AT&T (T) reported earnings on April 22 and reiterated confidence in its dividend despite the uncertainty caused by COVID-19:
No one knows the full duration and magnitude of the situation, but we have been running several different stress test scenarios with varying degrees of severity. Through it all, we expect to come through this healthy and expect that our cash flow will allow us to continue to invest in growth areas, to provide ample dividend coverage, and allow us to retire debt...
We remain committed to our dividend. In fact, we finished last year with our dividend as a percent of free cash flow a little over 50%. And even with the current economic crisis, we expect the payout ratio in 2020 to be in the 60s, and we're targeting the low end of that range, which is a very comfortable level for us.
Prior to the pandemic, AT&T expected to generate $28 billion of free cash flow this year, easily covering its $15 billion dividend and providing excess cash flow for deleveraging.
Based on management's payout ratio commentary above, AT&T's free cash flow is now expected to come in between $23 billion and $25 billion in 2020, a number CEO Randall Stephenson said he feels "very, very comfortable" they can achieve.
While no one knows how the economy will trend from here, management expects free cash flow after dividends and AT&T's cash on hand to more than cover its debt maturities this year and through 2023 even in this current environment.
AT&T also has an untapped $15 billion revolver in place and said that credit markets remain open and stable. Simply put, the company's liquidity appears sound and unlikely to threaten the dividend for now.
But as we discussed in our April 8 note, some investors worry about how AT&T's business will perform in a recession (the worst of the economic downturn is likely ahead of us) and the impact that could have on the company's deleveraging goal.
After all, AT&T's acquisitions of DirecTV and Time Warner expanded its operations into cyclical businesses such as advertising (4% of revenue) and studio films (3%) while also deepening its exposure to the declining pay-TV market (22%).
While weakness is to be expected in some of these areas, the bulk of AT&T's earnings continue to be generated from recession-resistant businesses that should continue generating predictable cash flow:
Our core subscription-based businesses – wireless, broadband, and enterprise networks – are critical and valued services in these times. They connect, inform, and entertain our customers. And for our business, they represent more than 60% of revenues and more than 70% of EBITDA.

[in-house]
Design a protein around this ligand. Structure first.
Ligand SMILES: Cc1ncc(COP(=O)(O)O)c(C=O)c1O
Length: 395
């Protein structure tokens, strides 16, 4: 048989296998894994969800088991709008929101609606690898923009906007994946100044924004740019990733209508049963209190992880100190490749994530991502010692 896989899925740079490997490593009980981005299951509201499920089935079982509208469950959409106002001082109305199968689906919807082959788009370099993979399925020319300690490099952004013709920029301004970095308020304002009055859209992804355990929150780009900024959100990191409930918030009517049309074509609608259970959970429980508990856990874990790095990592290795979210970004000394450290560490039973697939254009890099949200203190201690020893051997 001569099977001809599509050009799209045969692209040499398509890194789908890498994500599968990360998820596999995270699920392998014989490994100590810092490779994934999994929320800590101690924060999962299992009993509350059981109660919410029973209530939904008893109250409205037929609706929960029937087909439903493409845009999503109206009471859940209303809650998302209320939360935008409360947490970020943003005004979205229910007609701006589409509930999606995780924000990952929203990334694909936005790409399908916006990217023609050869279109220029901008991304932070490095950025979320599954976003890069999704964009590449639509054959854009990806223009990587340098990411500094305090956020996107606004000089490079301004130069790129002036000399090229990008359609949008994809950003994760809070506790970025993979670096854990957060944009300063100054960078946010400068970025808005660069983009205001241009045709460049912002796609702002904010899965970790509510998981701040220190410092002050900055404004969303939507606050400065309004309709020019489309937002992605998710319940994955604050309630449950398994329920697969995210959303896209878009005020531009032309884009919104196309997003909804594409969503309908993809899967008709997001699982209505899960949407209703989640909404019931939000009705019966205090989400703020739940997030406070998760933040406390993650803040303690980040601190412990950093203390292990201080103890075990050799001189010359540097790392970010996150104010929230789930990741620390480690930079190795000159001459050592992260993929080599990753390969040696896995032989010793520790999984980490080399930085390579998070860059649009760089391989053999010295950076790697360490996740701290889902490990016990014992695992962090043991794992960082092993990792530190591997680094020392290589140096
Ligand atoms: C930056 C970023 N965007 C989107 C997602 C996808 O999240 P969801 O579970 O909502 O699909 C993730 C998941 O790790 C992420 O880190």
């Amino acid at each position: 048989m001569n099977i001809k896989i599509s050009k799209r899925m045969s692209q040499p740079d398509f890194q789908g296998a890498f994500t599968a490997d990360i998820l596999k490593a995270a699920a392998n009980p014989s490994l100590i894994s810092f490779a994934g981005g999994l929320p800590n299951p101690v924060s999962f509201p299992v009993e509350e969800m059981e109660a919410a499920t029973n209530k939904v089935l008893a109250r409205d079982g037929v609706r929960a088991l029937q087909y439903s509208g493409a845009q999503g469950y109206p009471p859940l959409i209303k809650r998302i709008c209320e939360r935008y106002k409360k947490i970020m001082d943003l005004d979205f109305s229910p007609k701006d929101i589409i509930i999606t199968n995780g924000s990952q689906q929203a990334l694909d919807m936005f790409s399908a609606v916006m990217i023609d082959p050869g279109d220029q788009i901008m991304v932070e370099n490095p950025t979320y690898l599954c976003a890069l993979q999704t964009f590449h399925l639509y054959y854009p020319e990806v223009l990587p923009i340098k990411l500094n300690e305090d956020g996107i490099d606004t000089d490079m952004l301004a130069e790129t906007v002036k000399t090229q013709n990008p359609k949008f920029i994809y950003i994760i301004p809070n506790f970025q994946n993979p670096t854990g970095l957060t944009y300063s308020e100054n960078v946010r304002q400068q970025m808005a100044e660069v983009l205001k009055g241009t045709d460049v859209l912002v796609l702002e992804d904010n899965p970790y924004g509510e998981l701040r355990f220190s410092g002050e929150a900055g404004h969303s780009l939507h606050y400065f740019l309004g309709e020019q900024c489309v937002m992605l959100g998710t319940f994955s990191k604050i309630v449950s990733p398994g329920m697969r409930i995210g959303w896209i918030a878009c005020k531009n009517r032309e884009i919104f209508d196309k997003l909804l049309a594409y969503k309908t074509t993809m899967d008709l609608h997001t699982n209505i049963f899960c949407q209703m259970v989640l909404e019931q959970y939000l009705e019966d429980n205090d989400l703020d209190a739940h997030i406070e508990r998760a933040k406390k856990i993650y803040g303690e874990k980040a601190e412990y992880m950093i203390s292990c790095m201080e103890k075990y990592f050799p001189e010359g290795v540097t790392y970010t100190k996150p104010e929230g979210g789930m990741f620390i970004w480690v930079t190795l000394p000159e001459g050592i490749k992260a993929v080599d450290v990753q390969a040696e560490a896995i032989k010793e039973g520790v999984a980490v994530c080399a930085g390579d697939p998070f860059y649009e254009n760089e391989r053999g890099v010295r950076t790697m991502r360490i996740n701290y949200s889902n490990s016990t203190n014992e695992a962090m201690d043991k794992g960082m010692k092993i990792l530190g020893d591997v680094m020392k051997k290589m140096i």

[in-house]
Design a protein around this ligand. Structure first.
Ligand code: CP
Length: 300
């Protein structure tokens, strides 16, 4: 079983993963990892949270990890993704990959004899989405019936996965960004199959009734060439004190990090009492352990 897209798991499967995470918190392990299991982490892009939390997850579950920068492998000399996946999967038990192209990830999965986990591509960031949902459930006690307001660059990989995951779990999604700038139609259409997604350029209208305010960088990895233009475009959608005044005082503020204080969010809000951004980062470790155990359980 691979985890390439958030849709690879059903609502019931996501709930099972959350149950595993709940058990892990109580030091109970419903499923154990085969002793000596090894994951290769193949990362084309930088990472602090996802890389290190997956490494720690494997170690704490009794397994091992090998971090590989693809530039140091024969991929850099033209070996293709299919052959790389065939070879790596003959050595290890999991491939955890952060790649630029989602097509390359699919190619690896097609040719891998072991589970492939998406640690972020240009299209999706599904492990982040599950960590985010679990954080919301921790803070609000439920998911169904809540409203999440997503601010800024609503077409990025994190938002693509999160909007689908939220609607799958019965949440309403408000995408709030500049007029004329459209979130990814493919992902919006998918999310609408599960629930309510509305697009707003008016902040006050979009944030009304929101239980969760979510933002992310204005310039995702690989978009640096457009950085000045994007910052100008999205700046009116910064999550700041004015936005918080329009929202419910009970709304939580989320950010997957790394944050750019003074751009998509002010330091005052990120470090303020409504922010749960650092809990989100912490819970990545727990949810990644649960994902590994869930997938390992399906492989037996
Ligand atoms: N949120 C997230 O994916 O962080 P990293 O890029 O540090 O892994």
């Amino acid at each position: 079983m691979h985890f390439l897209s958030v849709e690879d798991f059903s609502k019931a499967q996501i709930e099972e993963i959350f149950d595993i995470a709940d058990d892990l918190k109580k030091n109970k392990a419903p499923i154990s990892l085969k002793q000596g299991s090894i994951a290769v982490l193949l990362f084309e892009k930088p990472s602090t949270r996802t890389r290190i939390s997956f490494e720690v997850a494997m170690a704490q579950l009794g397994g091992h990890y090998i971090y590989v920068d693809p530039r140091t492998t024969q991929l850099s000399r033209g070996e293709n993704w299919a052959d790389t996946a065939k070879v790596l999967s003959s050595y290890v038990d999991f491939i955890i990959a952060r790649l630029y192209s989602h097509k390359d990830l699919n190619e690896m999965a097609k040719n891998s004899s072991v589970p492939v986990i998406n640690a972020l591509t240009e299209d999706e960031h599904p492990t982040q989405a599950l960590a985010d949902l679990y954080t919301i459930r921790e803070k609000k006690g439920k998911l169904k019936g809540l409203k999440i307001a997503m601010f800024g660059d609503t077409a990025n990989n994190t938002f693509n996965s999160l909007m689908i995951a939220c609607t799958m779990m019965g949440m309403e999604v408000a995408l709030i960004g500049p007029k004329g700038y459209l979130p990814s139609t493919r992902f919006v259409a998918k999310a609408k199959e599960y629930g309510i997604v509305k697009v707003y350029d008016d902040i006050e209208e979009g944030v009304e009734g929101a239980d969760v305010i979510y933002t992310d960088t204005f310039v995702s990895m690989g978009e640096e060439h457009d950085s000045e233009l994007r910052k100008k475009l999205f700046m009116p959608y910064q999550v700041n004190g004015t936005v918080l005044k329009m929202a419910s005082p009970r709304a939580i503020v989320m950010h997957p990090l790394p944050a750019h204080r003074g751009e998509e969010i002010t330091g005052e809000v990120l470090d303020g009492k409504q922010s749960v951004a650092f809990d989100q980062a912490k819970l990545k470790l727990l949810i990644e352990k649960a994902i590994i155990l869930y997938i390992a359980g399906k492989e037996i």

These businesses have proven to be resilient, and they help provide a recurring stream of revenue and solid cash flows even in times of economic stress. They also provide a foundation that can absorb pressure from the other parts of the business that are facing headwinds because of COVID-19.
As you can see below, the coronavirus reduced AT&T's revenue and increased its costs in the first quarter, resulting in about a $400 million hit to EBITDA. For context, AT&T's 2019 EBITDA totaled $56 billion.
At WarnerMedia, content production has been placed on hiatus, theatrical releases have been postponed, and advertising revenue is falling, including a hit due to the cancellation of the NCAA basketball tournament. Fortunately, much of this impact was offset by lower expenses.
Meanwhile, closures of retail stores reduced wireless equipment and service sales. Late fees were also waived to help customers during these tough economic times, and roaming revenue fell with fewer people traveling.
AT&T took a $250 million bad debt charge as well, recognizing future risk of non-payment across its businesses, and pay was temporarily increased for its frontline workers such as technicians.
The company's pay-TV business is also expected to face future pressure as consumers reduce their spending and commercial clients such as hotels and restaurants remain temporarily closed.
Assuming no additional bad debt charges are needed, coronavirus-related headwinds from the last two weeks of March annualize out to around $4 billion per year (about 7% of AT&T's 2019 EBITDA), and most of these headwinds seem unlikely to have a lasting effect on the firm's earnings power.
This is obviously a very fluid situation and could get worse, but based on what we know today, AT&T's position continues to look manageable and supportive of its dividend given its diversified operations, scale, and liquidity.
AT&T also announced today that CEO Randall Stephenson, who has led the company since 2007, will retire on July 1.
He will be replaced by John Stankey, who serves as AT&T's chief operating officer and previously headed its media division.
Mr. Stankey has been with AT&T since 1985, so it seems unlikely he will deviate from the firm's current strategic path and capital allocation priorities, including its commitment to the dividend.
Overall, AT&T's first-quarter earnings report didn't change our thoughts on the company. AT&T accounts for 1.7% of our Conservative Retirees portfolio, and we plan to continue holding our shares.
Going forward, it's important that AT&T's free cash flow outlook doesn't deteriorate further. Deleveraging needs to remain the top priority, and maintaining a moderate payout ratio is key.
We will provide updates as new information becomes available in the months ahead.